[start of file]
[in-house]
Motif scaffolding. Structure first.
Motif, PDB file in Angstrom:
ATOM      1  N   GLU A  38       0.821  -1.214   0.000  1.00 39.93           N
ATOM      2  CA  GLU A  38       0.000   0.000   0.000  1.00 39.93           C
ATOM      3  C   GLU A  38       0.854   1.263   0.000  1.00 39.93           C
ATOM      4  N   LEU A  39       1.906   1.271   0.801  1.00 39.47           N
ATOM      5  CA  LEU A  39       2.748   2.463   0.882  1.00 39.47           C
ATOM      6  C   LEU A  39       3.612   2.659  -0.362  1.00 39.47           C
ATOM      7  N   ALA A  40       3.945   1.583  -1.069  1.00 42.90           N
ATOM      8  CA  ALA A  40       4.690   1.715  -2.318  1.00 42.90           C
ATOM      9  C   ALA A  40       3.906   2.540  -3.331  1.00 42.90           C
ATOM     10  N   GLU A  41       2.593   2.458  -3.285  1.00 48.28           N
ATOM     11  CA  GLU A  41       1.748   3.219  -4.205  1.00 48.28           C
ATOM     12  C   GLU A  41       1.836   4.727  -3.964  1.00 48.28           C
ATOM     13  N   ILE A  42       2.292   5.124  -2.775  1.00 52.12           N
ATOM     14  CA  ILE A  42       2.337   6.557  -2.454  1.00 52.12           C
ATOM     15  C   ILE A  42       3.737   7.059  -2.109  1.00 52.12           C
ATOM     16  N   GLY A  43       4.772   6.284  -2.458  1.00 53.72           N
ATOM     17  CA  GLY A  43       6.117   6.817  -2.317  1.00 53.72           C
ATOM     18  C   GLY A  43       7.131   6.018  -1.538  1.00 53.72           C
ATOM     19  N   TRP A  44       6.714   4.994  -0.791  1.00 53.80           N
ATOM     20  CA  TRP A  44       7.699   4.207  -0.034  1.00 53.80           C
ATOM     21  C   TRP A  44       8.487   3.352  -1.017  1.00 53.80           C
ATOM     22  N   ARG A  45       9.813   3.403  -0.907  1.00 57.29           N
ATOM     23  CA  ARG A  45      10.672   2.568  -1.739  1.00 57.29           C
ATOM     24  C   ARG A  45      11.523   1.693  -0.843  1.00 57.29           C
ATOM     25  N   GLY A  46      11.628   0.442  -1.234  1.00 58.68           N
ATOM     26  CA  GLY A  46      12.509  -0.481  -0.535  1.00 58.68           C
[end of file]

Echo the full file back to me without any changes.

[in-house]
Motif scaffolding. Structure first.
Motif, PDB file in Angstrom:
ATOM      1  N   GLU A  38       0.821  -1.214   0.000  1.00 39.93           N
ATOM      2  CA  GLU A  38       0.000   0.000   0.000  1.00 39.93           C
ATOM      3  C   GLU A  38       0.854   1.263   0.000  1.00 39.93           C
ATOM      4  N   LEU A  39       1.906   1.271   0.801  1.00 39.47           N
ATOM      5  CA  LEU A  39       2.748   2.463   0.882  1.00 39.47           C
ATOM      6  C   LEU A  39       3.612   2.659  -0.362  1.00 39.47           C
ATOM      7  N   ALA A  40       3.945   1.583  -1.069  1.00 42.90           N
ATOM      8  CA  ALA A  40       4.690   1.715  -2.318  1.00 42.90           C
ATOM      9  C   ALA A  40       3.906   2.540  -3.331  1.00 42.90           C
ATOM     10  N   GLU A  41       2.593   2.458  -3.285  1.00 48.28           N
ATOM     11  CA  GLU A  41       1.748   3.219  -4.205  1.00 48.28           C
ATOM     12  C   GLU A  41       1.836   4.727  -3.964  1.00 48.28           C
ATOM     13  N   ILE A  42       2.292   5.124  -2.775  1.00 52.12           N
ATOM     14  CA  ILE A  42       2.337   6.557  -2.454  1.00 52.12           C
ATOM     15  C   ILE A  42       3.737   7.059  -2.109  1.00 52.12           C
ATOM     16  N   GLY A  43       4.772   6.284  -2.458  1.00 53.72           N
ATOM     17  CA  GLY A  43       6.117   6.817  -2.317  1.00 53.72           C
ATOM     18  C   GLY A  43       7.131   6.018  -1.538  1.00 53.72           C
ATOM     19  N   TRP A  44       6.714   4.994  -0.791  1.00 53.80           N
ATOM     20  CA  TRP A  44       7.699   4.207  -0.034  1.00 53.80           C
ATOM     21  C   TRP A  44       8.487   3.352  -1.017  1.00 53.80           C
ATOM     22  N   ARG A  45       9.813   3.403  -0.907  1.00 57.29           N
ATOM     23  CA  ARG A  45      10.672   2.568  -1.739  1.00 57.29           C
ATOM     24  C   ARG A  45      11.523   1.693  -0.843  1.00 57.29           C
ATOM     25  N   GLY A  46      11.628   0.442  -1.234  1.00 58.68           N
ATOM     26  CA  GLY A  46      12.509  -0.481  -0.535  1.00 58.68           C